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  • Michael Hooper

While some research results from consistent processes, careful methodologies and detailed planning, much practice-based research resists these strategies, privileging knowledge that remains complex and unstable. This knowledge frequently sits outside sequences of analysis, such as testing or deduction. Yet there is nothing new about the kind of knowledge that resists clarity. In The Progressive Poetics of Confusion in the French Enlightenment, John O'Neal argues for complexity and confusion as essential parts of an Enlightenment project in writing from the eighteenth century, and claims that authors pursued these strategies ‘because they preferred in certain ways to see confusion, not order, as representative of a dynamic new state of mind and society awaiting discovery’. Alongside O'Neal's work, this article considers Gemma Fiumara's The Other Side of Language: A Philosophy of Listening, in which confusion is also central. The article explores these ideas in connection with a performance of Michael Finnissy's Confusion in the Service of Discovery. It argues for confusion as a positive aspect of research from beginning to end, rather than as a circumscribed phase that precedes outcomes. The inclusion of a musical performance demonstrates (performs) the different theoretical languages that the prose describes.

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1 A version of this article was given as a paper at the third and final conference of the Centre for Musical Performance as Creative Practice, Cambridge, 2014.

2 For a relevant history of the literary basis for ‘critique’ in terms of confusion, see O'Neal, John, The Progressive Poetics of Confusion in the French Enlightenment (Newark: University of Delaware Press, 2011), especially Chapter 1, ‘Cultivating the Reader's Critical Mind in Crébillon's Les Égrements du cœur et de l'espirit’, and also p. 213.

3 O'Neal, The Progressive Poetics of Confusion, p. 18.

4 O'Neal, The Progressive Poetics of Confusion, p. 24.

5 O'Neal, The Progressive Poetics of Confusion, p. 20.

6 In Diderot's novel Jacques the Fatalist, the ‘multiple paths to knowledge […] reveal the uncertainty and finite nature of human understanding and that give rise to a sense of perplexity’…‘The power of Diderot's Encyclopédie lies in its refusal to subscribe to any predefined narrative of our developing knowledge, leaving it instead as an unfinished and unpredictable adventure of chance and serendipity, in which each reader might become a participant’ (O'Neal, p. 91, n. 27). In reviewing O'Neal's book, James Steintrager emphasises the moments in which ‘the possibility of confusion as a permanent condition, when a mise en abyme—to use one of O'Neal's favourite terms—is not just a heuristic device but threatens to become an inescapable epistemological vortex’. James Steintrager, review of O'Neal, The progressive poetics of confusion in the French enlightenment. Eighteenth-Century Fiction, 26/2 (2013–14), pp. 305–8, here 306.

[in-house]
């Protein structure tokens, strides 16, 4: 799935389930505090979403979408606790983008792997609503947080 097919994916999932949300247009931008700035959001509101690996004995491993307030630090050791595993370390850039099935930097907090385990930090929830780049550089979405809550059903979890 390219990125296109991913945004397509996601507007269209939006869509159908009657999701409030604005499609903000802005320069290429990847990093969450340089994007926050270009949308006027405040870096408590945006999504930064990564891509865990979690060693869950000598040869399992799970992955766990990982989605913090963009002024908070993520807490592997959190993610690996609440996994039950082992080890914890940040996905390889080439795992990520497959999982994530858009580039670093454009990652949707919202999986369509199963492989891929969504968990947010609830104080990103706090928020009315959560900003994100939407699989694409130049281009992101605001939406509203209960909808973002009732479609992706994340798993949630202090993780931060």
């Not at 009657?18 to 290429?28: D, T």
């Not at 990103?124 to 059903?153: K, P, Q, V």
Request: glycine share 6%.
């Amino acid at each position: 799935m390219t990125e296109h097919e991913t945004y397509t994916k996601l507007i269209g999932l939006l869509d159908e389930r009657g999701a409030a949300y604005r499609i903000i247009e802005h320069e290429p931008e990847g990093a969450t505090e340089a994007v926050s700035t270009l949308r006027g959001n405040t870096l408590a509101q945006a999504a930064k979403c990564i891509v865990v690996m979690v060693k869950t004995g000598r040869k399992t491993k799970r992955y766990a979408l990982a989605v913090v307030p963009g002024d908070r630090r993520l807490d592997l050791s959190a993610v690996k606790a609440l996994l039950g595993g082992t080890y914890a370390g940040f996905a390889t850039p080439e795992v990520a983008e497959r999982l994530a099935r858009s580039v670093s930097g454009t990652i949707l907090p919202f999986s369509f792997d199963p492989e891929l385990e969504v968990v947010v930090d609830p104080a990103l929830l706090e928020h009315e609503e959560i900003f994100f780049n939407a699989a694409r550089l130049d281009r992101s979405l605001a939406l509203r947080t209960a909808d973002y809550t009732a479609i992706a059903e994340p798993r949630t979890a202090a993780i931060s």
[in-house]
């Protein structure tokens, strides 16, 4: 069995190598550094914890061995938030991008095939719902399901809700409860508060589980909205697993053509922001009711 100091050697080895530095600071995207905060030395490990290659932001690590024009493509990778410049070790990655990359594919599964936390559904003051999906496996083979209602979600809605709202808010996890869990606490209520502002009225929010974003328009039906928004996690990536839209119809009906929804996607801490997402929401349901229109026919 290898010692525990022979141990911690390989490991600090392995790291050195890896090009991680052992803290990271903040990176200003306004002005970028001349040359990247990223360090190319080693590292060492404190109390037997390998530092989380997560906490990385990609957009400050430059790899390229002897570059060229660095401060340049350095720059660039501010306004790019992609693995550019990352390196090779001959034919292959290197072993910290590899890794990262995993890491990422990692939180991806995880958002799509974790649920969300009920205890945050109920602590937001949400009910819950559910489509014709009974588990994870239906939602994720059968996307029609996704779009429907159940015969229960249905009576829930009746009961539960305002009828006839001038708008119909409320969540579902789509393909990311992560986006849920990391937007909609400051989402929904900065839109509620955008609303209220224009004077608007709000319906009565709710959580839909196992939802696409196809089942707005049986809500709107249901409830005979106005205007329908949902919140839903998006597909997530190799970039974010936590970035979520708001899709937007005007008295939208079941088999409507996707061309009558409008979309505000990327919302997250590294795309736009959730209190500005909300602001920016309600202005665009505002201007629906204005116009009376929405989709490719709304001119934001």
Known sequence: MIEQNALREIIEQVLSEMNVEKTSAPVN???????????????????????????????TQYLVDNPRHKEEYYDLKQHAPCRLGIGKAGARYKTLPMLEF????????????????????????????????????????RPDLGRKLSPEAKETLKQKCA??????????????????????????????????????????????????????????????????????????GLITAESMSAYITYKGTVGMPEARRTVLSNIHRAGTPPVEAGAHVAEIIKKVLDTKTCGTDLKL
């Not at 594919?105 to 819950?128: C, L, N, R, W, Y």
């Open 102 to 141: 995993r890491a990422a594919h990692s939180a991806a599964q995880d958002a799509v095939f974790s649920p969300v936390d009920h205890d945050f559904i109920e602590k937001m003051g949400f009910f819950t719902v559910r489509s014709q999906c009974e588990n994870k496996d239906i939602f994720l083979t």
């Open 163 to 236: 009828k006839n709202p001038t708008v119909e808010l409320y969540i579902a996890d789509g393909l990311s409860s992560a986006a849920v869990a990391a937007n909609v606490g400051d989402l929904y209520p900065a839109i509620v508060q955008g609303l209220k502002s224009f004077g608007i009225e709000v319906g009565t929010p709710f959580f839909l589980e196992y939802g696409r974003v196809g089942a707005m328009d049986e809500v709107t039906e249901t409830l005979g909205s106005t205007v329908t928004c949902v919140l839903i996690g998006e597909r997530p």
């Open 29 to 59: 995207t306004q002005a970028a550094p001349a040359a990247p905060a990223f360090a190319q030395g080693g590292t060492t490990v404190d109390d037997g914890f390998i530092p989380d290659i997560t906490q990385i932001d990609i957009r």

7 See Foucault, Michel, ‘What is an Author?’, in Aesthetics, Method, and Epistemology, trans. Harari, Josué (New York: The New Press, 1994), pp. 205–21. For a discussion of Foucault's attitude to Cassirer, see Moynahan, Gregory B., Ernst Cassirer and the Critical Science of Germany, 1899–1919 (London: Anthem Press, 2013), p. xxivff.

8 Fiumara, Gemma, The Other Side of Language: A Philosophy of Listening, trans. Lambert, C. (Abingdon: Routledge, 2006), p. 24.

9 Fiumara, The Other Side of Language, p.35.

10 Matthias Klaes, ‘Confusion and “Interstanding”: A Figured Account of Hope’. History of Political Economy, annual supplement to vol 34 (2002), pp. 263–71. For Klaes this fusing is hermeneutic, since it ‘describes understanding as a fusion of horizons’, and so the work of the messenger is ‘to con-fuse’. Although Klaes' closure here is premature he concludes with a commitment to the ‘ongoing process of fruitful confusion’.

11 My sense is that the self-awareness of practice-based research as a field for research is a problem of confusion, and that this confusion is mostly about the problem of publishing in translation (sound to prose). Within the context of most institutional funding, disciplinary lines are still drawn between writing about music and performing music. Philosophical problems and the political ideologies clash in the difference between what we are paid to do – ‘to say’ – and what, in my experience, most academics want to spend more time doing – ‘to listen’.

12 Fiumara, The Other Side of Language, p. 37; her emphasis.

13 Fiumara, after Heidegger, asks ‘why is it so difficult to listen to something without transforming it into nothing or transferring it into our own language?’ The Other Side of Language, p. 39.

14 Fiumara, The Other Side of Language, p. 36; her emphasis.

15 For example, we ought to take seriously ontologically challenging ideas in such as writing about performer–instrument collaborations in which instruments are ‘slow to speak’.

16 O'Neal, The Progressive Poetics of Confusion, p. 20.

17 Nancy, Jean-Luc, Listening, trans. Mandell, Charlotte (New York: Fordham University Press, 2007), p. 5.

18 Nancy, Listening, pp. 5–6.

19 Heidegger, Martin, Bremen and Freiburg Lectures (Bloomington: Indiana University Press, 2012), p. 99.

20 My performance can be viewed on (accessed 30 December 2014).